The Straight Truth: How to Improve Your Posture

There’s a lot more to posture than just how much straighter, taller, and thinner you look from the outside.

“Slumping compresses the front of the body and weakens the back, which leads to musculoskeletal problems. It also impedes breathing and digestion, especially as we age,” says Judi Bar, a yoga therapist and yoga program director for the Cleveland Clinic. In fact, sitting and standing well are as important as eating well and exercising, says Bar.

Changing Your Posture For The Better

How do you begin to fix poor posture? The first step to improving your posture is letting go of the idea that it’s either standing at attention — with the shoulders back and chest puffed out — or having a stick-straight spine associated with ballerinas. Instead, make alignment your goal, Bar says. There are curves in the spine and curves in the body that will make the appearance of posture slightly different for everyone, but certain points remain constant.

Tips For Proper Alignment While Sitting

• Rest your feet flat on the floor, toes pointing forward, with three to four inches between the feet.
• Sit on the edge of your chair seat; your spine supports itself instead of resting on the seat back.
• Set knees at hip height (the height of the chair may need adjusting, or you may need to put a step stool under your feet to raise your knees).
• Pull your navel in slightly, which lengthens the tailbone and takes excess curve out of the lower back.
• Keep your ribs resting close to the spine, not jutting out.
• Make sure your ears are directly above your shoulders, and that your shoulders are in line with your hips.

Tips For Proper Alignment While Standing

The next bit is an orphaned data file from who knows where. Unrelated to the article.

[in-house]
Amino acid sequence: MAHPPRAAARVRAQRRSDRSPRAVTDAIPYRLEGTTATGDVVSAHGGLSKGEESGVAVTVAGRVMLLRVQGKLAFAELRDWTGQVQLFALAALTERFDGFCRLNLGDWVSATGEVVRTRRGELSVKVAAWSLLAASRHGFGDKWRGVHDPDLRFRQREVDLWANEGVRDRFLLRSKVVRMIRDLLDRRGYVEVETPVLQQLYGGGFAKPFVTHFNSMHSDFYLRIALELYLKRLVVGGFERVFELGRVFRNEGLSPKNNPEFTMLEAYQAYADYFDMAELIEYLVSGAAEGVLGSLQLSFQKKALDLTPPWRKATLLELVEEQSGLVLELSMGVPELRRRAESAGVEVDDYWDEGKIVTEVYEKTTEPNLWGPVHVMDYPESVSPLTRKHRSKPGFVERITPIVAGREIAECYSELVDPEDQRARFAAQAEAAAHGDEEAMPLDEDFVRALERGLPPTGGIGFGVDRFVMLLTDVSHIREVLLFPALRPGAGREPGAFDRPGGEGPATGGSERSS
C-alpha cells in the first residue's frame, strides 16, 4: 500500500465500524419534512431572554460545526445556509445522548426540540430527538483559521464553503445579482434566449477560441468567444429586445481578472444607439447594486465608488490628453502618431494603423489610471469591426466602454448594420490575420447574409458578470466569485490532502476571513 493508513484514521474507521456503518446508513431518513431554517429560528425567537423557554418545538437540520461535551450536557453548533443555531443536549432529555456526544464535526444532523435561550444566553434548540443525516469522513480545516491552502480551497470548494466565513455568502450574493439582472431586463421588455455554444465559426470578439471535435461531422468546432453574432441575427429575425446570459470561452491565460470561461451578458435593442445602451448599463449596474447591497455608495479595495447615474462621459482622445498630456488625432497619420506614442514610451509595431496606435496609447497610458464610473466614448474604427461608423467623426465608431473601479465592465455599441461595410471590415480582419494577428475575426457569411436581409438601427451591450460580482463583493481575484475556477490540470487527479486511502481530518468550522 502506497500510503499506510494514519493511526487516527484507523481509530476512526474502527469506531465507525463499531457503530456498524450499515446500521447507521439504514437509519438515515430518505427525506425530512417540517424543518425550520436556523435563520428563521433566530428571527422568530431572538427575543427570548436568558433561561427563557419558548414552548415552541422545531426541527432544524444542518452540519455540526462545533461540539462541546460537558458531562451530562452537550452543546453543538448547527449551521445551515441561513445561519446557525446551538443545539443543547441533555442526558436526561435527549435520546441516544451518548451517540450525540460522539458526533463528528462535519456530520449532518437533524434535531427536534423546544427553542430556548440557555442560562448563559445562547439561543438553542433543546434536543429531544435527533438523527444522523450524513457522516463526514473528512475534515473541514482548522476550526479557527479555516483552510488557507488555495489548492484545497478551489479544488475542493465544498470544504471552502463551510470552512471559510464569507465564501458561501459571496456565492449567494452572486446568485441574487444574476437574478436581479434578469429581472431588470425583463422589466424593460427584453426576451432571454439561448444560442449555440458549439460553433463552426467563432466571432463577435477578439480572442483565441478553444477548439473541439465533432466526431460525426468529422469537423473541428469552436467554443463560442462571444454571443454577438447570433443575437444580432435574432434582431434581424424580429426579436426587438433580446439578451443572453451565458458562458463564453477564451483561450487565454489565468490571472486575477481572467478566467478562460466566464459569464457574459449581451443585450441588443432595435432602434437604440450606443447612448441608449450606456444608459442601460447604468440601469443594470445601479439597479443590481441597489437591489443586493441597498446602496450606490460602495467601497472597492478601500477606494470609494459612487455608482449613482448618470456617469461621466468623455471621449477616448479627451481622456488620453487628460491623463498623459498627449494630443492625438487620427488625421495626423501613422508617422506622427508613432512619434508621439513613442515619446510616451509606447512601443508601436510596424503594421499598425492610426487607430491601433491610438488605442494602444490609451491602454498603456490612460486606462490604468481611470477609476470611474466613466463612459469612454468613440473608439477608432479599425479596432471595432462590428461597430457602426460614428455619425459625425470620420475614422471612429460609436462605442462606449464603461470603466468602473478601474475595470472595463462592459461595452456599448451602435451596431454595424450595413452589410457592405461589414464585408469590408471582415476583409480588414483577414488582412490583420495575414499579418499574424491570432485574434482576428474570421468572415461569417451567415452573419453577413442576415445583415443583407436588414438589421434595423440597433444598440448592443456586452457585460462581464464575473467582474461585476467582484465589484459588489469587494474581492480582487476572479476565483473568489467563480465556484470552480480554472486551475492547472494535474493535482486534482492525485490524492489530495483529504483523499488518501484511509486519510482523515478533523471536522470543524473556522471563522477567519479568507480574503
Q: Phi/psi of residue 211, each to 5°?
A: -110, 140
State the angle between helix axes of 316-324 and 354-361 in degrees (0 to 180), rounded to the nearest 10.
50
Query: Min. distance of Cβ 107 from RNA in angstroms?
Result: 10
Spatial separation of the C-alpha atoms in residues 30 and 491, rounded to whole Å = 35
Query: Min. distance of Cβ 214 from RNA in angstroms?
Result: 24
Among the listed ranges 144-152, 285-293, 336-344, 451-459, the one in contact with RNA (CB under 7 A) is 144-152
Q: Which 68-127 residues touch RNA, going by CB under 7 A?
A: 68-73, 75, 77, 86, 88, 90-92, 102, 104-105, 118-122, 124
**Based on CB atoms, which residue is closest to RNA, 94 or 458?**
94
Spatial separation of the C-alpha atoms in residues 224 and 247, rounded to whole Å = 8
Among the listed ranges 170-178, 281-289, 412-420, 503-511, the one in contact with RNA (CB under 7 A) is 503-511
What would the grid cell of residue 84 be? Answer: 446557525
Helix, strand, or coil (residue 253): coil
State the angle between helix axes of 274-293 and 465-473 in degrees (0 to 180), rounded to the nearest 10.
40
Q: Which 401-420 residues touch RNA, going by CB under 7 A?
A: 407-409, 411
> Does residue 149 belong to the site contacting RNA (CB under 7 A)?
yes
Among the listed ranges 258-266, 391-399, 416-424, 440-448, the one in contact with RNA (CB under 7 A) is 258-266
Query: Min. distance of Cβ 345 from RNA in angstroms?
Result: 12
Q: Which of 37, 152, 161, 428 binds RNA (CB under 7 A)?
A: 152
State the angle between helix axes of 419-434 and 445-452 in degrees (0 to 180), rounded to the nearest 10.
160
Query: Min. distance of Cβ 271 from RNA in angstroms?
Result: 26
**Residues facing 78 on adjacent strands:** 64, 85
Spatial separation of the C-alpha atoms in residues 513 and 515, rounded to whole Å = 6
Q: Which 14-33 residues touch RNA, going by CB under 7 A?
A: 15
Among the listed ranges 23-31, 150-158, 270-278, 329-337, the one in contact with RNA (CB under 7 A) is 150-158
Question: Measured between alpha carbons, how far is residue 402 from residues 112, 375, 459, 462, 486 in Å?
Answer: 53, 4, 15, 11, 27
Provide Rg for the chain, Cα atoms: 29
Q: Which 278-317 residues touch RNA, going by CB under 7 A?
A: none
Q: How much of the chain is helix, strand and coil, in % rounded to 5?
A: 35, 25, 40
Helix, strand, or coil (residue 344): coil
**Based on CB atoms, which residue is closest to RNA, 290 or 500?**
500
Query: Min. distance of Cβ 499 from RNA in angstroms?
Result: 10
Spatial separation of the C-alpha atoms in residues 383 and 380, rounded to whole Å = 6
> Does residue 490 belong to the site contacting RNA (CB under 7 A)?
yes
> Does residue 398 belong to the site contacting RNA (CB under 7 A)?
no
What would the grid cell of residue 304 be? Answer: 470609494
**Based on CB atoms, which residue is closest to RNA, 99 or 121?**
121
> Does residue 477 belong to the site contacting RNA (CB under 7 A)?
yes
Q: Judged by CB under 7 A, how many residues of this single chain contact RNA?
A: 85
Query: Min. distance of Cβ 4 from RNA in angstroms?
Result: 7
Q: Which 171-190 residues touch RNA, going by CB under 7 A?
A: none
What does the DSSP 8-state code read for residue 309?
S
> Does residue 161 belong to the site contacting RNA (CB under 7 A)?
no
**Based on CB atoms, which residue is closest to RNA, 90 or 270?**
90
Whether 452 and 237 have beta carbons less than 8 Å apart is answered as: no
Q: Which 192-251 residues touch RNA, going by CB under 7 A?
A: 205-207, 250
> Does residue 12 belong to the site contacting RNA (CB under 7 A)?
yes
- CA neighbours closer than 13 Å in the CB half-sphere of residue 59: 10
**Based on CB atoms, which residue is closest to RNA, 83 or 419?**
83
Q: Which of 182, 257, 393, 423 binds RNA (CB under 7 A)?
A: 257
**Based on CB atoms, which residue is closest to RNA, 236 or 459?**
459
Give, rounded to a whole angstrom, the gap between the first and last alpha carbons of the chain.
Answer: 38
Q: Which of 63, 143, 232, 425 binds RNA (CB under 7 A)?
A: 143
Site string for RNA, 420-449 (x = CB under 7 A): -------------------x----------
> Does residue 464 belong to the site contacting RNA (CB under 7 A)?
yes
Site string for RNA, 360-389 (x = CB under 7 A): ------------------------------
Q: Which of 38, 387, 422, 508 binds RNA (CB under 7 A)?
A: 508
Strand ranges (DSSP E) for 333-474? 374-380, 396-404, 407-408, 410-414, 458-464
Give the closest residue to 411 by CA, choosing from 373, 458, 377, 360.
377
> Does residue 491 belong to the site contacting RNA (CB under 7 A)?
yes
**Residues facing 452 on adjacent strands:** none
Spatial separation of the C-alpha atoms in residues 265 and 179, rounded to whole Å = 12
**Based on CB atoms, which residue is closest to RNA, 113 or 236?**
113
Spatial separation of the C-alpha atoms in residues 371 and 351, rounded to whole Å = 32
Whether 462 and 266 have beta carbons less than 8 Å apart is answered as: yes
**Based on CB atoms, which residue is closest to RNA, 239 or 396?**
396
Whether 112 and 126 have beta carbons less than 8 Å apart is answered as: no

• Keep your feet flat on floor, toes pointing forward, with three to four inches between the feet. Weight is centered between the heel and the midfoot.
• Keep your knees firm but not locked.
• Make sure your hips are stacked over the center of your ankles and that your rib cage is stacked over your hips.
• Stack shoulders over the center of your rib cage, with your ears directly over your shoulders.

4 Posture-Perfect Exercises

If your posture has been off-kilter for a long while, your muscles may need lengthening and strengthening to enable you to support yourself. Bar recommends these four exercises to help you along: - Tips For Better Posture This YearWall Stand

Stand with your heels one to two inches away from a wall and your buttocks, back, shoulders and back of head resting on the wall.

Benefits: This gives you a visceral experience of being able to draw a plumb line through the ears, shoulders, ribs and hips. “We all have a tendency to lean too far forward when we stand. This shows you how far back you need to go to come into alignment,” says Bar.

Easy Backbend

Standing in alignment (tailbone dropped and navel pulling in slightly), clasp your hands behind your neck and open your elbows as wide as they will go. Inhale and lengthen your neck, exhale and begin dropping the weight of your head into your hands. Hold for two or three breaths. Warning: If you experience any pain or strong discomfort, skip this exercise.

Benefits: Stretches and strengthens the upper chest and lower abdomen.

Fan Pose

Sit in alignment on the edge of a sturdy, hard-backed chair. Reach both hands behind you and grasp the edges of the seat back as well as you can without bending elbows. Pull your shoulders back as you puff your chest out toward the center of the room. Hold for three long, slow, deep breaths.

Benefits: Opens the top of the chest and fronts of the shoulders. Strengthens the core.

Shoulder Rolls/Neck Stretch

Standing or sitting in alignment, place your hands on your shoulders with elbows pointed out to your sides. Draw big circles with your elbows, two or three in each direction. Then, release your arms and place one finger on your chin. Keeping the neck long and the chin parallel to the ground, push your chin back until you feel a stretch.

Benefits: Counteracts slumping forward in the upper chest and shoulder region–a hallmark of bad posture–stretches and strengthens the back of the neck.

Sourced, in part, from Cleveland Clinic’s Wellness Institute

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